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G&R » About G&R » News » G&R/Gmail and the Google/Gmail  

G&R/Gmail and the Google/Gmail

In response to the various inquiries from our cus­to­mers re­gard­ing the cur­rent sta­tus of G&R/Gmail, and to the rela­tion­ship, if any, to Google's Gmail we have de­cid­ed to re­lease the fol­low­ing state­ment for our cus­to­mers and dis­tri­bu­tors, as well as other interested parties.


G&R represents that it is the sole owner of all right, title and interest to the software system known as G&R Gmail. We license Gmail under a non-exclusive, non-transferable license to our customers via our distributors, while retaining our ownership of all PROPRIETARY INFORMATION, INVENTIONS AND PATENTS related to Gmail.

G&R Gmail is in no way related to the product known as Gmail from Google, and we have not transferred any right, title or interest in Gmail to Google. Gmail must not be confused with e-mail products of the same name from Google or others.

G&R Gmail was developed completely by G&R employees, after the founding of G&R in 1982, and first licensed commercially in 1984 as a part of the software system known as GRUS (Gallagher & Robertson User System). GRUS with the G&R e-mail system was used widely in Norway in both the private and public sectors. The product was given the name Gmail in 1989 when the GRUS package was updated to become Server6. As a part of Server6 and other server packages Gmail was licensed under the Gmail name in various countries in Europe and in the Americas. We have marketed and supported Gmail under the Gmail name from then until today. Although we have not formally registered Gmail as a trademark, we have marketed G&R Gmail under the Gmail name for 15 years, and believe that we have common law right to the name, at least in Norway, USA, Great Britain, Sweden, Denmark and other European countries where our distributors actively marketed Gmail. Our right to the name under Norwegian law has been challenged by Google. We have consulted Oslo Patentkontor (Oslo Patent Office) on this matter, and they have issued the following statement:

In Norway the exclusive right to a trademark can be achieved by registration (Trademarks Act Section 1) or by usage (Trademarks Act Section 2). A trademark is regarded as acquired by usage when, in the marketing sector where it is used, it is recognized as a label for someone's goods or services. There can be no doubt that Gallagher & Robertson's continuing use of the name Gmail for their e-mail service for 15 years has resulted in their acquiring the right by usage, and that Gmail is therefore a protected trademark under Norwegian law. This is confirmed by the fact that among Gallagher & Robertson's and Google's customers doubt has arisen about which supplier stands behind the Gmail name. This has happened both in Norway and abroad. According to the Trademarks Act Section 14 first paragraph sub-paragraph 7 it is illegal to take into use a trademark that is already in use by another if one is aware of the prior usage. A party such as Google must be expected to know of, or find out about, what is in fact already in use by other parties in this sector before launching a new trademark.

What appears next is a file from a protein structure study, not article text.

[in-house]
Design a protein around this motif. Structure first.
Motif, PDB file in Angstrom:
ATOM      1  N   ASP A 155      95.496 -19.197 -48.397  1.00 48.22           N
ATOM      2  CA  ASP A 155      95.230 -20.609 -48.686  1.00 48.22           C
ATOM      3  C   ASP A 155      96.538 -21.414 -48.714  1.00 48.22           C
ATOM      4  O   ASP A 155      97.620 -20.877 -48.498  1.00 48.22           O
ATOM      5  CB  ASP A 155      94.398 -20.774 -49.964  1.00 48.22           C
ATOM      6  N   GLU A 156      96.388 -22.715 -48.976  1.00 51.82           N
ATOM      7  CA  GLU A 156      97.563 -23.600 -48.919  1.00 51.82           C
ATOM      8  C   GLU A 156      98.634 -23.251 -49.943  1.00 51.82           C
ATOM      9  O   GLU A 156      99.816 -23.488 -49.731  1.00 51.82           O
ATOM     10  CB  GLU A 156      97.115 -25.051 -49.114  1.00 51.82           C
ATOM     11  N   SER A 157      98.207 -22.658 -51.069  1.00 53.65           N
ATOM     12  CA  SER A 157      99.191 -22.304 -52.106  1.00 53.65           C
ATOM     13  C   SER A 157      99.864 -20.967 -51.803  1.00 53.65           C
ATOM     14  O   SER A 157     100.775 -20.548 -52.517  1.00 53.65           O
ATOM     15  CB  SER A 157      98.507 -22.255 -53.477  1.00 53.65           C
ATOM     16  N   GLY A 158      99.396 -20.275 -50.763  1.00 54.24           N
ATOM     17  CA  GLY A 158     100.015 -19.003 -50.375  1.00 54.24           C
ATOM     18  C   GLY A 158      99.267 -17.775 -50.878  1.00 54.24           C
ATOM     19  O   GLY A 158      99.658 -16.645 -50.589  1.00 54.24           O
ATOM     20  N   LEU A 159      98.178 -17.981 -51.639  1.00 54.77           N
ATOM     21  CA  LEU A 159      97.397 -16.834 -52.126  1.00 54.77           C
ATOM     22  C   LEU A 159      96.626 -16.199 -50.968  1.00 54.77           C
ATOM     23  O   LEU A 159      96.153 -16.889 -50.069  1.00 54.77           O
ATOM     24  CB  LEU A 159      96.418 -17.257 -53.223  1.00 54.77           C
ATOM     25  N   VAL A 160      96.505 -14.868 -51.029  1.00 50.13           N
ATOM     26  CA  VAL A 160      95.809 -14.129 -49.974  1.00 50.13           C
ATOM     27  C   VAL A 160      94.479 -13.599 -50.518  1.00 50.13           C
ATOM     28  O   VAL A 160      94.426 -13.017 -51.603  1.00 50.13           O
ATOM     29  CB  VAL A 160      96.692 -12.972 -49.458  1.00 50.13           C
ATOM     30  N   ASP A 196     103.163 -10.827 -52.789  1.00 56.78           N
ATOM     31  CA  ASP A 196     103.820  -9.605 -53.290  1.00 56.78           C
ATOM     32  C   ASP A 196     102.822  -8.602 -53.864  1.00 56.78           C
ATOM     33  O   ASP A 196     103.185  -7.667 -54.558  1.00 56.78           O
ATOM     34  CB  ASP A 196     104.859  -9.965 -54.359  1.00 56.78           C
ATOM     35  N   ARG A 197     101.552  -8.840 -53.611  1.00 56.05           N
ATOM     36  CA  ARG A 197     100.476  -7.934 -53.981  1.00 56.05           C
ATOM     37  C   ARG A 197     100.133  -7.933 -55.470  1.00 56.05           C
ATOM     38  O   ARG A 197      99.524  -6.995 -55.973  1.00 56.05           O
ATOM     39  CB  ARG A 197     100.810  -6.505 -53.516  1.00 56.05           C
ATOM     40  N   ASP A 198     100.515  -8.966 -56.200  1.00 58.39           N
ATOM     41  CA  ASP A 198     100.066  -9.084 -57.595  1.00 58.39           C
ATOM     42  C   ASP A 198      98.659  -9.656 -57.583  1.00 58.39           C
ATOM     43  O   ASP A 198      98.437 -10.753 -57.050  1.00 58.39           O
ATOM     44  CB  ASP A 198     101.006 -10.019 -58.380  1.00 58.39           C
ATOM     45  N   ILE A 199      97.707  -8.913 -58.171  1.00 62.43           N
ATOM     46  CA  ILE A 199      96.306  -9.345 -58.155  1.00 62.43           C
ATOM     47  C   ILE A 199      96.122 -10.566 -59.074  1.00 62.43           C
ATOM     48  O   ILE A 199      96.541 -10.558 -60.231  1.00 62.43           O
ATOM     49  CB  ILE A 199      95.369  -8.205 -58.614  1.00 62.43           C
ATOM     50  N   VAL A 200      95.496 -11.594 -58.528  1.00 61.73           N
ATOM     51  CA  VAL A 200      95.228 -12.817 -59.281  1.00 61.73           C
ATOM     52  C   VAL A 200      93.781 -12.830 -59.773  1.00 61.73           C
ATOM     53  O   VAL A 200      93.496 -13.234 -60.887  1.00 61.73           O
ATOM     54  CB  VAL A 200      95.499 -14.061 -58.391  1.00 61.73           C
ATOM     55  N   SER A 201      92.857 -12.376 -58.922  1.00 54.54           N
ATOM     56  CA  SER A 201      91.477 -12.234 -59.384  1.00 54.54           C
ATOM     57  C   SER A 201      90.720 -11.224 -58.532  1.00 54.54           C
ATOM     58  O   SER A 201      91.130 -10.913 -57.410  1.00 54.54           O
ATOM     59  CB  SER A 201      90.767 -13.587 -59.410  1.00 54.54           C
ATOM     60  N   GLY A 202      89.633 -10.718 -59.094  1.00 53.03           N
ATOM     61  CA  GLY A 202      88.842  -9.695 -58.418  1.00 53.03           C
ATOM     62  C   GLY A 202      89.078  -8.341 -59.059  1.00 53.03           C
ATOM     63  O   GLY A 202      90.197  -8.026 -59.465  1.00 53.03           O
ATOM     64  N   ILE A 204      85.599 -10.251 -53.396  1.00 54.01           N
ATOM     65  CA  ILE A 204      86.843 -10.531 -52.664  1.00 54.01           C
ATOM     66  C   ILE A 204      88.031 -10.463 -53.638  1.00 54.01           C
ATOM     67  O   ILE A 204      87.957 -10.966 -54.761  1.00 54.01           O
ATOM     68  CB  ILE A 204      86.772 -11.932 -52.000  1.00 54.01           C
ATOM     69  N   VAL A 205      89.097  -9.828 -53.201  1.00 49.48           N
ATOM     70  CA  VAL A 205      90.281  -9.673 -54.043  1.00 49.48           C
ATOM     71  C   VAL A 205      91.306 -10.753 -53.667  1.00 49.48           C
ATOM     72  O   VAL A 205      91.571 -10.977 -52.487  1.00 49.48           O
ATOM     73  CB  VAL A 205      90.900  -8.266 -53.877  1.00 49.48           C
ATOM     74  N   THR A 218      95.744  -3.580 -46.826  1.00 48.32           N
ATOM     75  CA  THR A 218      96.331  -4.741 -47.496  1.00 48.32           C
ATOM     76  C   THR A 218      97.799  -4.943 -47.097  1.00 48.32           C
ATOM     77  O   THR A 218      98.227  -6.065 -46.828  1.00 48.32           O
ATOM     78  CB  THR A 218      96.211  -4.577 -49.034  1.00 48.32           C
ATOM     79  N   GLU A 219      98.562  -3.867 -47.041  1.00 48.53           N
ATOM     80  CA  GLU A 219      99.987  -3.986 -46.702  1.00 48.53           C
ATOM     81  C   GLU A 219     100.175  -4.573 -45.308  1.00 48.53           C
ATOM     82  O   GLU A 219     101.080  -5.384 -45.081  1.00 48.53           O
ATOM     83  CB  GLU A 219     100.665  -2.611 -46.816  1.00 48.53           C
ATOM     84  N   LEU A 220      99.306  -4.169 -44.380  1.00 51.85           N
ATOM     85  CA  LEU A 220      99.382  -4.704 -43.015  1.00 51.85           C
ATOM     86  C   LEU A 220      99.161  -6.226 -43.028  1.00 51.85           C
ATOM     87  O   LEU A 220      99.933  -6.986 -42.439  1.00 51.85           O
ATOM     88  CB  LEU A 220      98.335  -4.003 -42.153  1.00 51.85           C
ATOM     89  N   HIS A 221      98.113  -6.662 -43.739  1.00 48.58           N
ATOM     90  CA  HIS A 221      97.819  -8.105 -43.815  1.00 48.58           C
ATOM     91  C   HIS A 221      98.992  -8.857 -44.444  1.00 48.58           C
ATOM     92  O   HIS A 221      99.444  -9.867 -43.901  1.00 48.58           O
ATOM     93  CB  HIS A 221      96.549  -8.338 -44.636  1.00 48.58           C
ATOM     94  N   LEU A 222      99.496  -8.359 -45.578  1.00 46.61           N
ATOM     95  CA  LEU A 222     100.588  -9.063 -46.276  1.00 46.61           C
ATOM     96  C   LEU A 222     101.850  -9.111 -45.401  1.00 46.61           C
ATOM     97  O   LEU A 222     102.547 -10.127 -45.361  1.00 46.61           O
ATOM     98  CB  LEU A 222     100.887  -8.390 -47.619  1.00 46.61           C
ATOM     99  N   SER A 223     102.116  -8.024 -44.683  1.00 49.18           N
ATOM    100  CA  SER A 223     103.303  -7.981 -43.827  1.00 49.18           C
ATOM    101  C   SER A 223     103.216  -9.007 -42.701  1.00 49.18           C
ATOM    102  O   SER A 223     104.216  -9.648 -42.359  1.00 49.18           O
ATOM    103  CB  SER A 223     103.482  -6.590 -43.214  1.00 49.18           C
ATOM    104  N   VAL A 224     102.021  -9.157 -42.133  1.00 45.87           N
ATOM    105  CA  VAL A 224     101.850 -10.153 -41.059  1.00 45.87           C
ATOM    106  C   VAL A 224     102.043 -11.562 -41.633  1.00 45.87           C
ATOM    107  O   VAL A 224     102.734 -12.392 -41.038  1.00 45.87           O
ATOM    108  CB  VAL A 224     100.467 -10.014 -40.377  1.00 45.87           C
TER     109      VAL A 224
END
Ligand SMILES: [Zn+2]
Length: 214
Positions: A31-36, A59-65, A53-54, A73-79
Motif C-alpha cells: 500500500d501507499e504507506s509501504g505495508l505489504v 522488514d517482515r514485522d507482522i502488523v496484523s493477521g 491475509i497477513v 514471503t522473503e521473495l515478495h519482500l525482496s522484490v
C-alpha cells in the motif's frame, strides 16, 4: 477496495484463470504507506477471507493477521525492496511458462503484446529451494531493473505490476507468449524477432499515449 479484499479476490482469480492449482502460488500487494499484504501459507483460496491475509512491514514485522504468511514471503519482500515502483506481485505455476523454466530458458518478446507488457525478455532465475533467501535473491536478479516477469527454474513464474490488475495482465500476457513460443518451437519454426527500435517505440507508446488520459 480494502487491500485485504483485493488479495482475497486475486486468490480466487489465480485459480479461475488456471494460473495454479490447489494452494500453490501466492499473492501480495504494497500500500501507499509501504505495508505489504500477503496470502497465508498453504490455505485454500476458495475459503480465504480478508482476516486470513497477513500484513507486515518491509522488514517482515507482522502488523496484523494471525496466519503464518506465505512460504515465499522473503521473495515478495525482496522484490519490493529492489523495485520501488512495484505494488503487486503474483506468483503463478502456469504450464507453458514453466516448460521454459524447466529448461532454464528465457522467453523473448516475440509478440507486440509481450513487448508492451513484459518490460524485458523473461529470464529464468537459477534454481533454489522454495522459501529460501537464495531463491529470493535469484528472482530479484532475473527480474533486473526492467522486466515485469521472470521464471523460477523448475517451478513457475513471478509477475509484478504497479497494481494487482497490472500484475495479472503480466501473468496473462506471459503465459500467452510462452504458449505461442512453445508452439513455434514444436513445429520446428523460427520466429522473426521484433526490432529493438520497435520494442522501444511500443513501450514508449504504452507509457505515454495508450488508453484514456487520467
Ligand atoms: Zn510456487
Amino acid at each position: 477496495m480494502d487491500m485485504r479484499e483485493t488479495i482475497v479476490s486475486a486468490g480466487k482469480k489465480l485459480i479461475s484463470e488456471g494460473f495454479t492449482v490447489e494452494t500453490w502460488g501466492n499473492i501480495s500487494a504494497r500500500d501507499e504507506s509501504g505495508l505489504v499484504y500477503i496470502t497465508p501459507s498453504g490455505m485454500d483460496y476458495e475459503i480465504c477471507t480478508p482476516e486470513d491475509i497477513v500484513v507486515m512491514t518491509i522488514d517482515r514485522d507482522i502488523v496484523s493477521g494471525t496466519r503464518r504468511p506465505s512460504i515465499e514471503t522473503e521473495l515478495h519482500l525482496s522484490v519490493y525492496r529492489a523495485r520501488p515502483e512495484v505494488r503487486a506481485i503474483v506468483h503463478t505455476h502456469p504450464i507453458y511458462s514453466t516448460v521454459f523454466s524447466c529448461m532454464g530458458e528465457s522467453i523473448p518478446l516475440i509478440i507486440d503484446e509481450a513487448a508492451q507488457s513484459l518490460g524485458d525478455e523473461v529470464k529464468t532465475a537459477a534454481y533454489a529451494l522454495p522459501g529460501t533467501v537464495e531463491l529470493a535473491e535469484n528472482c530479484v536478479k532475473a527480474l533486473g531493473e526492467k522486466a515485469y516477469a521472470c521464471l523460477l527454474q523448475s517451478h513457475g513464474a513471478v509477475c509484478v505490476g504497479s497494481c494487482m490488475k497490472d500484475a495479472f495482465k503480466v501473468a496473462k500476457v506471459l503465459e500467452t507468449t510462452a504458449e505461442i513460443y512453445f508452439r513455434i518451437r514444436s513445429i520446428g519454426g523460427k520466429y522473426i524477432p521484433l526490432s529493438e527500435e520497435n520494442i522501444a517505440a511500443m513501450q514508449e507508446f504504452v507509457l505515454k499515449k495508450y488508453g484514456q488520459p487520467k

Gmail is one of the few surviving e-mail systems that predate commercial Internet. Gmail is also special in that it is one of the relatively few commercial products that conformed to the ISO X.400 e-mail standard. With the advent of commercial Internet Gmail was adapted to support the Internet mail standards, and today Gmail 'post offices' are generally linked using the Internet, and Gmail exchanges messages and file attachments with all e-mail systems compatible with the Internet standards.

All of the products in the Gmail range remain viable and are supported by G&R.

Gallagher & Robertson, October 2005.

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